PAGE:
Stories come alive when artifacts disclose their secrets. Museum School opens the door to Glenbow’s world-class exhibits where students will see the brushstrokes in a painting and feel the stitching in a moccasin. Glenbow experiences are designed to inspire curiosity and engage all learners, through in-depth artifact study, engagement with concepts and ideas, and experiences working with professionals in the museum field.
“The opportunity to work in Glenbow gave me the ability to get to know my students and see their strengths and needs, inside and outside the classroom. I was able to better program and plan for all of my students.” 2017 Teacher
The Chevron Open Minds Glenbow Museum School is an immersive education program for students in grades one through twelve. Teachers across Calgary apply for the opportunity to attend by outlining their educational philosophy, their in-class goals, and their willingness to learn new techniques for experiential education. In collaboration with Calgary’s local school boards (Calgary Board of Education & Calgary Catholic School District) coordinators plan and execute week long experiences that are tailored to each teacher’s specific learning plan for their class. Teachers are guided through a professional development program that involves workshops in the museum as well as in the classroom directly with students. During their week in the museum Teachers and Museum School Coordinators work together to draw students towards deep looking, hands on learning, and creative thought. After the week at the museum has ended teachers and students return to their classrooms with new tools for working together, and for engaging the curriculum.
“Students saw themselves differently as learners after their week. Some saw themselves as artists and writers. One student commented, ‘this has been my best week at school.” 2017 Teacher
Build on the research and practice of Gillian Kydd, the Open Minds model is guided by a board of community representatives, including teachers, academics, funders, and parents. After the initial success of Open Minds sites like Glenbow, programs and sites like it have developed across the city, and in other school districts around the globe.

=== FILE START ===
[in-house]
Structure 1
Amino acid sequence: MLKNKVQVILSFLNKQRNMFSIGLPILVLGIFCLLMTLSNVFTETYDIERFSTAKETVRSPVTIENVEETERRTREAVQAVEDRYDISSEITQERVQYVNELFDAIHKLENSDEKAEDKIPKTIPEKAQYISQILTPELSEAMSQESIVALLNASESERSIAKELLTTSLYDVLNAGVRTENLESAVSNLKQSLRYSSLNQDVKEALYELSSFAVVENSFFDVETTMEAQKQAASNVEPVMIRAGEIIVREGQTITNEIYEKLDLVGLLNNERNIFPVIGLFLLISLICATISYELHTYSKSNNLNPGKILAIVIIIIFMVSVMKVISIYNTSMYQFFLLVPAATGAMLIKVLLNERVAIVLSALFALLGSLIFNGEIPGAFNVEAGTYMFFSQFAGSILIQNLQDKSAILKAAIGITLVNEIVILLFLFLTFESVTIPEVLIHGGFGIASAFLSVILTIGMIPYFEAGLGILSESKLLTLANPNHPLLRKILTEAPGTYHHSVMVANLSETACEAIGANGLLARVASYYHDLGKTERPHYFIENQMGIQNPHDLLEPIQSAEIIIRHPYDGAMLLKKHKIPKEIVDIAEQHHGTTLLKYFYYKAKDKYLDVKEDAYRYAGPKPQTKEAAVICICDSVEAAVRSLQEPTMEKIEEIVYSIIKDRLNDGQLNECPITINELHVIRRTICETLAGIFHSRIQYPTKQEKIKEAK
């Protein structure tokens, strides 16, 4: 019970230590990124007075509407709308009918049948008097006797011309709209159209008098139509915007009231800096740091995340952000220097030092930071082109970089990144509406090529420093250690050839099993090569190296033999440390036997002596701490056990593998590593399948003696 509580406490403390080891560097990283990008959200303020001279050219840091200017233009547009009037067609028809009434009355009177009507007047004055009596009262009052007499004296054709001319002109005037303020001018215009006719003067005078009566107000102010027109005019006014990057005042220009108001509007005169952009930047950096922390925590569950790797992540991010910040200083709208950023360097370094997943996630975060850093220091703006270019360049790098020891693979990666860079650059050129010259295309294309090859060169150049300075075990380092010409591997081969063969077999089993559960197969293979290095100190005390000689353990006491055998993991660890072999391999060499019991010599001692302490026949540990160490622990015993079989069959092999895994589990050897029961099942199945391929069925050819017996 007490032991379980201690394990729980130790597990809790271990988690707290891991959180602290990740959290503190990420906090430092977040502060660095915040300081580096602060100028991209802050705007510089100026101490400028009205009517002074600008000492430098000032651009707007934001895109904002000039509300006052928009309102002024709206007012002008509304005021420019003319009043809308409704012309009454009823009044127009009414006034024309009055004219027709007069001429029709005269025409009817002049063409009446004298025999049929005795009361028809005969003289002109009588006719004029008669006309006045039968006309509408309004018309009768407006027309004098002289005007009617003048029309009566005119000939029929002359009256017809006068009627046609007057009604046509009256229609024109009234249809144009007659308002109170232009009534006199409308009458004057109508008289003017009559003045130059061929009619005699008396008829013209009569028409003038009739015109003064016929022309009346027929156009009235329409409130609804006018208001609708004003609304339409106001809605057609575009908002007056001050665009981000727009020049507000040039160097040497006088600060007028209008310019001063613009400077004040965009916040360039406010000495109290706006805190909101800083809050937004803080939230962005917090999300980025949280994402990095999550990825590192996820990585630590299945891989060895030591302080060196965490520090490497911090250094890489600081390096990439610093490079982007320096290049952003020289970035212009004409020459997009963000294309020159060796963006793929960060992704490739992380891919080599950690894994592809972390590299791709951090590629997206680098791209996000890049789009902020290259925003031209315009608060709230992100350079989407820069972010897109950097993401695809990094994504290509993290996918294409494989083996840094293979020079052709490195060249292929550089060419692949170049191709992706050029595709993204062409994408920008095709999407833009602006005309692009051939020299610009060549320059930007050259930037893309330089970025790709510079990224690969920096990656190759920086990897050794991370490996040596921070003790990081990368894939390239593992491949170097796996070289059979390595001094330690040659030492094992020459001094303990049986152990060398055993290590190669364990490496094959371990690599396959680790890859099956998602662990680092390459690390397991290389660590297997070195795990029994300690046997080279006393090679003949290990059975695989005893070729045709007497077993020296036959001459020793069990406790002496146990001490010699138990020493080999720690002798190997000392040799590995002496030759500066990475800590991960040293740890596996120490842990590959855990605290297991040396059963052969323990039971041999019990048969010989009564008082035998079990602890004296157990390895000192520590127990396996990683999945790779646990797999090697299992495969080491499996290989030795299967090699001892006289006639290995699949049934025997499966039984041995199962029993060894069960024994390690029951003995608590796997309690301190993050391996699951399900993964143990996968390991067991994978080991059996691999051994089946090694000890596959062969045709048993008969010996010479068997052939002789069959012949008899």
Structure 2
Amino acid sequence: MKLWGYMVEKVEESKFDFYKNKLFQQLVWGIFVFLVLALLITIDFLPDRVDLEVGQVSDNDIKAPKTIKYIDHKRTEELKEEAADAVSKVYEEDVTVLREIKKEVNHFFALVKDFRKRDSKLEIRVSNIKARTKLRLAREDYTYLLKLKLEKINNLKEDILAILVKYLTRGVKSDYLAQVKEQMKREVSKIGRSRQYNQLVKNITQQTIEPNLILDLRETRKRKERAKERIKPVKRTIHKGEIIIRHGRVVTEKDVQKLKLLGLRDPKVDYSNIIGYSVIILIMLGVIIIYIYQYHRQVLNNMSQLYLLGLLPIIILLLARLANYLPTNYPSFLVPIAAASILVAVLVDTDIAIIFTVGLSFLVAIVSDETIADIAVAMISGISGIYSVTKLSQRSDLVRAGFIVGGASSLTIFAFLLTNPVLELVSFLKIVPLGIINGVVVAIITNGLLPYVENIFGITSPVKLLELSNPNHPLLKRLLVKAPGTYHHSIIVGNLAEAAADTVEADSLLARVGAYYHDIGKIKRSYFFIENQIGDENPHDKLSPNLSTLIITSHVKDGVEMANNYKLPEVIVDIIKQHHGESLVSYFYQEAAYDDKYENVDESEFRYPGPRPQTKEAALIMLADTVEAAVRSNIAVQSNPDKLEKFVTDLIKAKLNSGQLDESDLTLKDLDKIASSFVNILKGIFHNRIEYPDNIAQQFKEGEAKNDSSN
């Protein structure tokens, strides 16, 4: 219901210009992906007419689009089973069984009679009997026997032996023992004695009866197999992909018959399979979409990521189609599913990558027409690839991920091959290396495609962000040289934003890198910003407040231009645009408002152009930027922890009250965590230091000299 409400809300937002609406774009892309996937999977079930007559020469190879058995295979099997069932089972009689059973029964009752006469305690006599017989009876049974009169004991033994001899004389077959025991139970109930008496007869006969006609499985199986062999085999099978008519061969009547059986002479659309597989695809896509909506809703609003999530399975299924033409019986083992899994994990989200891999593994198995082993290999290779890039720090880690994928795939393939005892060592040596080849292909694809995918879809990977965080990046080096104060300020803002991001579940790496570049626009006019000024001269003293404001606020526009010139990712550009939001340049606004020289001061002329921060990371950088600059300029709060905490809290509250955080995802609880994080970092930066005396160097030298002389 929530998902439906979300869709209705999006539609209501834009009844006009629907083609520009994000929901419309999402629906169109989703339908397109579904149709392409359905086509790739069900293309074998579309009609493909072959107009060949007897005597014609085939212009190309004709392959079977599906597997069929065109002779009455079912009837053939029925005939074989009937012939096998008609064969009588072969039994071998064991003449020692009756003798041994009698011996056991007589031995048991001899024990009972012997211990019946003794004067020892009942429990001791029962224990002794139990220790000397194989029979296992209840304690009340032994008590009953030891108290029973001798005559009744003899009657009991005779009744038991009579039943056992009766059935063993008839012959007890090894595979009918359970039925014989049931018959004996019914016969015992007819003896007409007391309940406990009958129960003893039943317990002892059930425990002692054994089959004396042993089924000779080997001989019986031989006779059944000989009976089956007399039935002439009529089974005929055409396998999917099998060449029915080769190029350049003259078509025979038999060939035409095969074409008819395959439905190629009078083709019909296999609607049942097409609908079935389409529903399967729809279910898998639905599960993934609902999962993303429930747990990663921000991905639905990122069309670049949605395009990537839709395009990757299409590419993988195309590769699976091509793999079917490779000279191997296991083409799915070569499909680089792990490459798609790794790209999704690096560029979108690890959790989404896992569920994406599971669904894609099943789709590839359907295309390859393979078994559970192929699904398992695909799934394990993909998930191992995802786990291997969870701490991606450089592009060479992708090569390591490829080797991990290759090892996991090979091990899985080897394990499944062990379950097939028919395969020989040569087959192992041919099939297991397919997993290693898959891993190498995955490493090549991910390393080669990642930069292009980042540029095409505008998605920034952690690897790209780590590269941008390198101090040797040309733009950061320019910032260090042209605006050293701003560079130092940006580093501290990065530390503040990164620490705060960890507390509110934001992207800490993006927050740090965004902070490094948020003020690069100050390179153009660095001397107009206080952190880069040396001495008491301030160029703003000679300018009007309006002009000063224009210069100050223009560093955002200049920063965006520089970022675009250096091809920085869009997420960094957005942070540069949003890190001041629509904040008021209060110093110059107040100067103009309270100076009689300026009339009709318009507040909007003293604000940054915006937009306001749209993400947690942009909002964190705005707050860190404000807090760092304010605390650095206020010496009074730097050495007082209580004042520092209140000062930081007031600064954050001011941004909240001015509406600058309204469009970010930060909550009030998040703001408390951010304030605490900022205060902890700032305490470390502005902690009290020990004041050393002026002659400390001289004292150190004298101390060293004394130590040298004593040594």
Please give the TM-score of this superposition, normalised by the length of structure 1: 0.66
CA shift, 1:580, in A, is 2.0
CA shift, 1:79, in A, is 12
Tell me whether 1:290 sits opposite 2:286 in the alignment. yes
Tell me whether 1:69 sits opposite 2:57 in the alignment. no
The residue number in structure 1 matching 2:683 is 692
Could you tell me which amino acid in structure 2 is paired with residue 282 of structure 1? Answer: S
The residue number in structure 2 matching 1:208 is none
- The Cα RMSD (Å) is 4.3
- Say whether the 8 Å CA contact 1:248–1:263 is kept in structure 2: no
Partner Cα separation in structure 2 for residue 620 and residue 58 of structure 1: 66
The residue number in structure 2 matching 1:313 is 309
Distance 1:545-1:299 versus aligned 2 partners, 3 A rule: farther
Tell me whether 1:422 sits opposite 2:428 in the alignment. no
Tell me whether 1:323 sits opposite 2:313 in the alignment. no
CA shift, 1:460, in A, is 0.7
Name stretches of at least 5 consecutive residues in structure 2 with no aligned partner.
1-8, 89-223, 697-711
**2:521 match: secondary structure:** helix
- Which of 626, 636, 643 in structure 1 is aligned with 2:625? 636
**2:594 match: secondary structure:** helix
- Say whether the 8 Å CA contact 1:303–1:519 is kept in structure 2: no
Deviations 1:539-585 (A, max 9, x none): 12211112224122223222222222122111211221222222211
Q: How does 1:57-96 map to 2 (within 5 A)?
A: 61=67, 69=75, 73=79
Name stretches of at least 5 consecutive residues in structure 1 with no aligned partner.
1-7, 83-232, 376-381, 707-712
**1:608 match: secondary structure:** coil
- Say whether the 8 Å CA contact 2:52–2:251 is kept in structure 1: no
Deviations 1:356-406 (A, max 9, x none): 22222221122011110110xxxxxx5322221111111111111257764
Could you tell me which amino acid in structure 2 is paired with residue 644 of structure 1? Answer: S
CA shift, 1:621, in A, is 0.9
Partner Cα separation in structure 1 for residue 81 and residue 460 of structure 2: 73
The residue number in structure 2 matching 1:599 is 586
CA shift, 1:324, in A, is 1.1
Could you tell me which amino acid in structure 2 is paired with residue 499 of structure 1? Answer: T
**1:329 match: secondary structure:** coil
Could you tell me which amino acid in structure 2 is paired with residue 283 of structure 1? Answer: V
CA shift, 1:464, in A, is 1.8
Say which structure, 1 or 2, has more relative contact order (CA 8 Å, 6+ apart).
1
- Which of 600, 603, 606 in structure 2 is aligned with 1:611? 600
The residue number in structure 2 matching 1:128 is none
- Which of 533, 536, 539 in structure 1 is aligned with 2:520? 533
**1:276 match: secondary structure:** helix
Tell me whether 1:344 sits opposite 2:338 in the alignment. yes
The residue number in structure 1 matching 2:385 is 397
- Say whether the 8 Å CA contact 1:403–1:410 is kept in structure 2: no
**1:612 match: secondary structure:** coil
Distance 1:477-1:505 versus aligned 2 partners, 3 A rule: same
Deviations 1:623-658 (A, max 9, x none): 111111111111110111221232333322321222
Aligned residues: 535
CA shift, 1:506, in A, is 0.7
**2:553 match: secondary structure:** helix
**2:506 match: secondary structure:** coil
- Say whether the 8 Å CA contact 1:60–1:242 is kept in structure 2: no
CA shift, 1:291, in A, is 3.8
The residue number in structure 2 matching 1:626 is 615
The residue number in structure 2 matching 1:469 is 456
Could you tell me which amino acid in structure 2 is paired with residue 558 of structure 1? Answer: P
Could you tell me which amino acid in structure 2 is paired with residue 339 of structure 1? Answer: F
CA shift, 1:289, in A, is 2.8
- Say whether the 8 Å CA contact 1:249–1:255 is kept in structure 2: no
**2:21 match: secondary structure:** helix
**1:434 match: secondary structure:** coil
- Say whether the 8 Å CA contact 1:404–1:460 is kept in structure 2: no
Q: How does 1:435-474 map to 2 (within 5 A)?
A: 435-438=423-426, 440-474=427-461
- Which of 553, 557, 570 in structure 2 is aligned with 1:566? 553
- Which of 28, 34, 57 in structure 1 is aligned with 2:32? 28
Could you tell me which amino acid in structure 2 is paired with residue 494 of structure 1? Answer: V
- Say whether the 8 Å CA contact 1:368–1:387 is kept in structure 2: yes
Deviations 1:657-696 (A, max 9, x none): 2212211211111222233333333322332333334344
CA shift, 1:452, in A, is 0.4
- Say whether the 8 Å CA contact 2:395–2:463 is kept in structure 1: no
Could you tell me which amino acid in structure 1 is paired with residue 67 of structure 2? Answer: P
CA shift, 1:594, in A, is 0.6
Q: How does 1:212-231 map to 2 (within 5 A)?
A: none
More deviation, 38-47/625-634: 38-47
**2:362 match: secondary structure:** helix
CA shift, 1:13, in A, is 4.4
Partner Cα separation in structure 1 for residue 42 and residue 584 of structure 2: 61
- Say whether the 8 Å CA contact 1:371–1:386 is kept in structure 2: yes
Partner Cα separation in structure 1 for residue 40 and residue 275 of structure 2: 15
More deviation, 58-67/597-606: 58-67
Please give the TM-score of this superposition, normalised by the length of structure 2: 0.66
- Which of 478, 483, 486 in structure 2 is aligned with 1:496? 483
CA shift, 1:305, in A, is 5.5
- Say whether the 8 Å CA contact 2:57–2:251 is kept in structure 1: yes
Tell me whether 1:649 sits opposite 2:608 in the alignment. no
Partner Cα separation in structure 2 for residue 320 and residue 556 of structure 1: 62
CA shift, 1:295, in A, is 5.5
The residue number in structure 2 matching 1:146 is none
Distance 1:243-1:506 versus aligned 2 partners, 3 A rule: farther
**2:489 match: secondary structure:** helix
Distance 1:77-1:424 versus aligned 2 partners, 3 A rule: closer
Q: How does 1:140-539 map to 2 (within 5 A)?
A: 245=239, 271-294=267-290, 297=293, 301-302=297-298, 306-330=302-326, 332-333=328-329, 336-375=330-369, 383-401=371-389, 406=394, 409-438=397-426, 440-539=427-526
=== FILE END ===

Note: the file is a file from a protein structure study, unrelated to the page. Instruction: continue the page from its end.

“My son dislikes writing and I saw him ask for extra paper to sketch and label the exhibits that interested him…. I saw him being able to choose where and what he explored impacted his retention.” 2017 Parent Volunteer
Students, parent volunteers, and teachers alike recognize the power of the program and the impact is has on learning. Each year participants are asked to review the program, and staff undergo professional development and evaluation procedures to ensure that they are following best practices in Museum based education.
“This was the best day of my life.” – 2017 Student
The Museum School was pioneered by Michele Gallant, who recently retired. Upon graduation from the New Brunswick College of Craft and Design, Gallant made the journey west to continue studio-based studies at the Alberta College of Art and Design. In the mid 1980’s museum education became her passion first taking root at the Muttart Art Gallery and, for the past 20 years, at the Glenbow Museum. Inspired by Gillian Kydd, founder of the Open Minds School Program and fuelled by courses in brain-based learning, the Early Childhood Learning Centers of Reggio Emilia, Harvard’s Project Zero, and the Lincoln Center Institute, she continues her work with teachers, children and youth.
Marnie McCormack came to Calgary to teach after graduating with a Bachelor of Education from the University of Victoria, specializing in art education. After becoming involved in art gallery education she returned to university to complete a degree in Art History and has been involved in gallery and museum education in the Calgary area for the past 25 years. Conferences withHarvard Education’s Project Zero and the International Educator’s Workshop at the Lincoln Center Institute in NewYork have brought new ideas to Marnie’s practice and supported her belief that using real art and hands on objects is the best pathway to imaginative learning. Marnie’s teaching goal is to create an environment that encourages exploration and experimentation.
Amanda Foote has worked in community-based settings across North America, and is particularly interested in the use of heritage in community development. She utilizes diverse media, such as film, art, and music, in much of her work, and is passionate about the responsibility we all have to youth and our communities. Amanda believes in experiential learning, and has earned degrees in Museum and Heritage Studies from NYU and University of Alaska Fairbanks. She is a member of Canada’s biggest all female urban arts collective, the Big Kitty Crew, and sits on the board of the Making Treaty 7 Cultural Society.
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